“So BR- is there, -IC is not yet there,” he said, referring to the BRIC acronym for Brazil, Russia, India and China. “I’m still hoping for at least one of the ICs. It takes more time to say yes because of the economic situation.”
Still, the rest of the world isn’t sitting still. Japan is considering a $7.8 billion linear collider project of its own. CERN is open to helping to set up the facility and cooperating on research, Heuer said.
An hour-long delay yesterday in announcing who won the Nobel Prize for Physics was caused by a dispute in the Royal Swedish Academy of Sciences about whether scientists at CERN should share the award, Swedish Radio reported today, citing a member of the academy.
CERN’s Large Hadron Collider is down now for maintenance and Heuer has taken advantage of the hiatus to offer underground tours to 98 national delegations, including United Nations Secretary General Ban Ki-moon, and about 21,000 visitors. Next year, the accelerator will start up again, working at higher energy. An accident when the collider started in 2008 reduced its ability to reach top power.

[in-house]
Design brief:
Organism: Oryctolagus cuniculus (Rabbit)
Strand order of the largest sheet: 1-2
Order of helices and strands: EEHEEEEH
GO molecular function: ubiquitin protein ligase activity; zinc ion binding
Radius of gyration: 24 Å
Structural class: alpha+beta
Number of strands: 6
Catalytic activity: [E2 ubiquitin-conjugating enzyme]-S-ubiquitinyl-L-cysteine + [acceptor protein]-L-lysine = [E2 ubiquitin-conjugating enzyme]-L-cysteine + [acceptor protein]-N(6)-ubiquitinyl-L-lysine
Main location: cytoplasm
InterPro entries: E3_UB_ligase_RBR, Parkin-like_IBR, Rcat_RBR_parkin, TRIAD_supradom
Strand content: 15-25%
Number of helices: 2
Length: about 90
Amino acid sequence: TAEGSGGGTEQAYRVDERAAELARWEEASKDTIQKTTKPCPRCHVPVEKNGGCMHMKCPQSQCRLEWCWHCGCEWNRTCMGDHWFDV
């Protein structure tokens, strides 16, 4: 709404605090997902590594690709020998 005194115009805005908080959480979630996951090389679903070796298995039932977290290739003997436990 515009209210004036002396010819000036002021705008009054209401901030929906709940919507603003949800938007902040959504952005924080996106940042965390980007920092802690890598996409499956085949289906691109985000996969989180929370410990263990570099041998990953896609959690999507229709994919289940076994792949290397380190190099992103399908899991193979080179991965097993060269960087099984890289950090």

Heuer studied physics at the University of Stuttgart, and worked at CERN from 1994 to 1998. He returned as director-general in 2009. Heuer said that when he retires, he will spend more time with his wife traveling and on his hobby of model trains. Before then, his main goal is to use the momentum of the Higgs boson discovery to help CERN prepare funding for its plans through 2030.
It’s important to ask for funding soon after making a scientific breakthrough, otherwise “they might not even remember that you discovered something,” he said.
To contact the reporters on this story: Thomas Mulier in Geneva at firstname.lastname@example.org; Simeon Bennett in Geneva at email@example.com
To contact the editor responsible for this story: David Risser at firstname.lastname@example.orgRolf-Dieter Heuer, director general of CERN (European Organization for Nuclear Research), gestures during a press conference after the announcement of the winners of the Nobel Prize for Physics in Meyrin near Geneva on Oct. 8, 2013. Photographer: Fabrice Coffrini/AFP/Getty Images